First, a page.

The BindableProperty objects effectively extend the functionality of standard C# properties. Bindable properties provide systematic ways to:

  • Define properties
  • Give properties default values
  • Store their current values
  • Provide mechanisms for validating property values
  • Maintain consistency among related properties in a single class
  • Respond to property changes
  • Trigger notifications when a property is about to change and has changed

In addition, BindableObject and BindableProperty provide mechanisms for animation and data binding. They are a vital part of the infrastructure of Xamarin.Florms.

The close relationship of a property named Text with a BindableProperty named Text-Property is reflected in the way that programmers speak about these properties: Sometimes a programmer says that the Text property is “backed by” a BindableProperty named TextProperty because TextProperty provides infrastructure support for the Text property. But a common shortcut is to say that Text is itself a “bindable property” and generally no one will be confused.

Not every Xamarin.Forms property is a bindable property. Neither the Content property of ContentPage nor the Children property of Layout<T> (from which StackLayout derives) is a bindable property. Sometimes changes to nonbindable properties result in the PropertyChanged event being fired, but that’s not guaranteed. The PropertyChanged event is only guaranteed for bindable properties.

Later in this book you’ll see how to define your own bindable properties.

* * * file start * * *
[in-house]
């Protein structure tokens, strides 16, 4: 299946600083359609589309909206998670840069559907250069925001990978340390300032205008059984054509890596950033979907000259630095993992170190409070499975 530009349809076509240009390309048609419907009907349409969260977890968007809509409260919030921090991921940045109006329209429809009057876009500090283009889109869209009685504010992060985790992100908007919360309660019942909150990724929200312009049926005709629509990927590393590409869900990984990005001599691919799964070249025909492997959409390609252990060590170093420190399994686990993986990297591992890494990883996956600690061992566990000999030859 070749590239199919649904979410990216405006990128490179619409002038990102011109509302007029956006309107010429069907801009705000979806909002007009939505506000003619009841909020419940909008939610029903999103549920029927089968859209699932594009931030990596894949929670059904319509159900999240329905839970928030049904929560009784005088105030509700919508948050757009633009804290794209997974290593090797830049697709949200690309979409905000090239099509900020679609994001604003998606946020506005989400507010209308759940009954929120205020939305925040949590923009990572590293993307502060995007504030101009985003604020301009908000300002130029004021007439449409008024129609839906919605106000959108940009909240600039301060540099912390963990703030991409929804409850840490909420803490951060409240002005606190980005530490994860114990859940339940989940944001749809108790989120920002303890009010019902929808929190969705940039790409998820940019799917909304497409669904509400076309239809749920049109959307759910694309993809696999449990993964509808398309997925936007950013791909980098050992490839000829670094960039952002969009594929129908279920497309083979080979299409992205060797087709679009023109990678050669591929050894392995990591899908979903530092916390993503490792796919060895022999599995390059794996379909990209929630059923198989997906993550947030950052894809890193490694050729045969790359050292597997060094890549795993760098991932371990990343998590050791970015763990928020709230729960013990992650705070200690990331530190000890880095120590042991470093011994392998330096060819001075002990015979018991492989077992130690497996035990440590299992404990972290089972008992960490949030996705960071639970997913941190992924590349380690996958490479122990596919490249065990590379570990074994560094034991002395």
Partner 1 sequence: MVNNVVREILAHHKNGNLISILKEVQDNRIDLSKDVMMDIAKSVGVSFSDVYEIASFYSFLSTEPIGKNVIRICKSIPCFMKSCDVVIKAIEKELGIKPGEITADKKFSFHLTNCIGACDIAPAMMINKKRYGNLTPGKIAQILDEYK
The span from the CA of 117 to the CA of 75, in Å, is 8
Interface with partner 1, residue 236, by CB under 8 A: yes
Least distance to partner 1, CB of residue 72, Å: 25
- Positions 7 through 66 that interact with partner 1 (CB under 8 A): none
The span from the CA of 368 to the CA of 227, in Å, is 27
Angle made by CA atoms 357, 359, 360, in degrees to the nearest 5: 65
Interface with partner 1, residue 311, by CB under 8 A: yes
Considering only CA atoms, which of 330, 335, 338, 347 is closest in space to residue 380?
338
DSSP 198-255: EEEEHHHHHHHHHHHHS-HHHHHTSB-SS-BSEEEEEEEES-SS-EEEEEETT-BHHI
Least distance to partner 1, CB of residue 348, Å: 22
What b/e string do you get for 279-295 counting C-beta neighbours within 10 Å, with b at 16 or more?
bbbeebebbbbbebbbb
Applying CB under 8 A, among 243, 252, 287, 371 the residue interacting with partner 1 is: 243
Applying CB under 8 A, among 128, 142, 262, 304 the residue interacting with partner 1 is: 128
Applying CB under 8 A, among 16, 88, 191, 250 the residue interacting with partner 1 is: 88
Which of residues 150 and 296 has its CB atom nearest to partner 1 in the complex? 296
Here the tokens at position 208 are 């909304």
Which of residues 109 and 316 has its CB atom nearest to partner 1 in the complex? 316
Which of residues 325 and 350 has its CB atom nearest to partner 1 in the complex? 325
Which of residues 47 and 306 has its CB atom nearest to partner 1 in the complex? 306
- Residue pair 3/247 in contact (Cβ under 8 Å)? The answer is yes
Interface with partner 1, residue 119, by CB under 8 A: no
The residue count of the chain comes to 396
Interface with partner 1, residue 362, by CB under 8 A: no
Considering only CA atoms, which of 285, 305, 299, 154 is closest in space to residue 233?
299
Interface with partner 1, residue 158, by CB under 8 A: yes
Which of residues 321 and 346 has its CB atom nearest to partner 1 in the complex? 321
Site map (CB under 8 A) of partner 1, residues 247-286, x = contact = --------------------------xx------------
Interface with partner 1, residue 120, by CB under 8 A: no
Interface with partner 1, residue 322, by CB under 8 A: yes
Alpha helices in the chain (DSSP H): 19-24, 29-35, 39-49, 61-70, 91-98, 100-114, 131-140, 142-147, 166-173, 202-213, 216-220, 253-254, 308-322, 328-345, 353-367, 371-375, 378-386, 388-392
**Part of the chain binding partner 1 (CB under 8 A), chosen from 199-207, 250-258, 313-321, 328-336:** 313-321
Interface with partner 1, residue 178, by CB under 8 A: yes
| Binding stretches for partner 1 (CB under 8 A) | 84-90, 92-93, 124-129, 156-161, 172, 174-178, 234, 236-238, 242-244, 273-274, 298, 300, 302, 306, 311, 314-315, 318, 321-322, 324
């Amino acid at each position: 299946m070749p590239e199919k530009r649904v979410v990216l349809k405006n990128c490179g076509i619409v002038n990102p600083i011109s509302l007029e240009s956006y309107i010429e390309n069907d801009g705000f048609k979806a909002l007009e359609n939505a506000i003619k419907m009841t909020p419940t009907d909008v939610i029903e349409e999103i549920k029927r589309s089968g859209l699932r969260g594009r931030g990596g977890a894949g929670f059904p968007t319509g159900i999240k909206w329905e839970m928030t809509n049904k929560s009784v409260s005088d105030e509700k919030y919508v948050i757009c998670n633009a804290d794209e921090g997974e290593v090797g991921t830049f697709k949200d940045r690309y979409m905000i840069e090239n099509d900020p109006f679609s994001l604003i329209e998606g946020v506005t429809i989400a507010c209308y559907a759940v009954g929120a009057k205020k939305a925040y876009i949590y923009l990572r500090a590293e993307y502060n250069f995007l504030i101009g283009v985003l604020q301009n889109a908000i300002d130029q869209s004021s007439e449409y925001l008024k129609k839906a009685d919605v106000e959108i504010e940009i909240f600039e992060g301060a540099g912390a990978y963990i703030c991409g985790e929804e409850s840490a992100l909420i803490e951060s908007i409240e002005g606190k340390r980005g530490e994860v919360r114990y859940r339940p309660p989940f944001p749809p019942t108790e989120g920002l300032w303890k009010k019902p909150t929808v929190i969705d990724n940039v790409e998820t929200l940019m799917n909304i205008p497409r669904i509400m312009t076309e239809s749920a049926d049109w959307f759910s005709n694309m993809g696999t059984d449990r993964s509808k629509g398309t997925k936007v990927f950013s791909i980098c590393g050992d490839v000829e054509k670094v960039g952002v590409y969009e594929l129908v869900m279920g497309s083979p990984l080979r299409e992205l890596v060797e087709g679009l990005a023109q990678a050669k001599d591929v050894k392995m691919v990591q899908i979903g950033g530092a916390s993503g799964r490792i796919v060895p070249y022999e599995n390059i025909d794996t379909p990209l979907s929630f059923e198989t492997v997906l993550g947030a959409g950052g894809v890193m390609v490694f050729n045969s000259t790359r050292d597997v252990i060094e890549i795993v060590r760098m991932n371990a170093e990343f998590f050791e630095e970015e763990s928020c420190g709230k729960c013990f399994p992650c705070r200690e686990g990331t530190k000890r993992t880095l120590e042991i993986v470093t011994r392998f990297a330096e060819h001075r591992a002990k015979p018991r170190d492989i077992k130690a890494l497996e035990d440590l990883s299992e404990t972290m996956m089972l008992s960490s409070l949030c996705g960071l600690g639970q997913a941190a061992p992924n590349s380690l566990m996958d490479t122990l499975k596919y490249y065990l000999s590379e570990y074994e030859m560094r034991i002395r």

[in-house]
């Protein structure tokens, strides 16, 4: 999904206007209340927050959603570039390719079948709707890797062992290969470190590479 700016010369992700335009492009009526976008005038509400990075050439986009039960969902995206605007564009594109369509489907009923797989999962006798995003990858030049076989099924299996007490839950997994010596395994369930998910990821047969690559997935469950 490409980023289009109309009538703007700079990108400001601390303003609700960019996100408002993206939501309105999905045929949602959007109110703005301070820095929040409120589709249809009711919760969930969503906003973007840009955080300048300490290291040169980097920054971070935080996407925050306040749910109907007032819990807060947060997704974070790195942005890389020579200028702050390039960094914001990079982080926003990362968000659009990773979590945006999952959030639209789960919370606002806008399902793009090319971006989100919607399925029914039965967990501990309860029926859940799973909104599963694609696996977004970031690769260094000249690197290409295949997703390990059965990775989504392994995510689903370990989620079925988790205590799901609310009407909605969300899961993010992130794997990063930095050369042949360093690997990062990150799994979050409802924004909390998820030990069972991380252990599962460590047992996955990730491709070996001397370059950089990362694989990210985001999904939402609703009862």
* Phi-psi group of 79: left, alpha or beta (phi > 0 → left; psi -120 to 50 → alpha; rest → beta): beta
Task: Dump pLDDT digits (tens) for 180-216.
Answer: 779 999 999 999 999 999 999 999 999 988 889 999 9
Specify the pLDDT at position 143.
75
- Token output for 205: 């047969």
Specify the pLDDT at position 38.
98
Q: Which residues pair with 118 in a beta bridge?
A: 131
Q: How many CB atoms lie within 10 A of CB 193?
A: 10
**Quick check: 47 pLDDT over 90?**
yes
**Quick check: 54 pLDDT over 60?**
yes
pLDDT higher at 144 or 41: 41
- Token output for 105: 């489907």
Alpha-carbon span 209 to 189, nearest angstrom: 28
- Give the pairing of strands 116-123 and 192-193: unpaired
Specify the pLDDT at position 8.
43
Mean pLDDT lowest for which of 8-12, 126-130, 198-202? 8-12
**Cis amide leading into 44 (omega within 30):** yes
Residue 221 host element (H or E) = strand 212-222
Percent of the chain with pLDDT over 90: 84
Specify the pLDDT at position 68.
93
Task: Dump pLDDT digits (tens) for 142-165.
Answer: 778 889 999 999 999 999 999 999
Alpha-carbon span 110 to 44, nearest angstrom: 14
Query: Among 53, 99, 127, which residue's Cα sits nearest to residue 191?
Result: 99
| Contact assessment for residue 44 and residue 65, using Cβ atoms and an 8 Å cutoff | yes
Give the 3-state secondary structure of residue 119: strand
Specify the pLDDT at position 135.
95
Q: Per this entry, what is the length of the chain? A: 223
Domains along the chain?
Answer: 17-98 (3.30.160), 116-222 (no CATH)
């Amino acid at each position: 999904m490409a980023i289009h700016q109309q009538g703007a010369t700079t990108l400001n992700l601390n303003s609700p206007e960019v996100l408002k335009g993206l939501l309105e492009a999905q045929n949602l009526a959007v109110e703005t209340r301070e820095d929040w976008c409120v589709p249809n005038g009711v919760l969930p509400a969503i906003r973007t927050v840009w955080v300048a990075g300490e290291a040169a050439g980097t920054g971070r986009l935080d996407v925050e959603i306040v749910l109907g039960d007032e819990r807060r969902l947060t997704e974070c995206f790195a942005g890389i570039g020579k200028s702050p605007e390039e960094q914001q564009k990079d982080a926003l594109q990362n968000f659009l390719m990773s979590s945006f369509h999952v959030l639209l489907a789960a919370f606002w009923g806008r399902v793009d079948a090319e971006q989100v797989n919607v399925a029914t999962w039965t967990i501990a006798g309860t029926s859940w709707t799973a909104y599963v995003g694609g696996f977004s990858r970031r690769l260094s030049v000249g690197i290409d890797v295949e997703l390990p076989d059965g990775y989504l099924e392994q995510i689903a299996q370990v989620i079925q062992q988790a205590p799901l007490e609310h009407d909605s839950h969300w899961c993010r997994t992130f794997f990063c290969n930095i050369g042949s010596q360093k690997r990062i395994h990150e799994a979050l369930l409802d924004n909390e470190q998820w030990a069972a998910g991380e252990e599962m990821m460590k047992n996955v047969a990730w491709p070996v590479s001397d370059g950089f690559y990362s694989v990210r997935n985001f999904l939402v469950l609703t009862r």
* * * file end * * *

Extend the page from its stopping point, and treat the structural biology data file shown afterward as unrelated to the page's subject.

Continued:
Automated data bindings

As you’ve seen, it’s possible to install event handlers on the Entry and Editor to determine when the Text property changes, and to use that occasion to set the Title and Text properties of the Note class. Similarly, you can use the PropertyChanged event of the Note class to keep the Entry and Editor updated.

In other words, the NoteTaker4 program has paired up objects and properties so that they track each other’s values. As one property changes, the other is updated.

It turns out that tasks like this are very common, and this is why Xamarin.Forms allows such tasks to be automated with a technique called data binding.

Data bindings involve a source and a target. The source is the object and property that changes, and the target is the object and property that is changed as a result. But that’s a simplification. Although the distinction between target and source is clearly defined in any particular data binding, sometimes the properties affect each other in different ways: Sometimes the target causes the source to be updated, and sometimes the source and target update each other.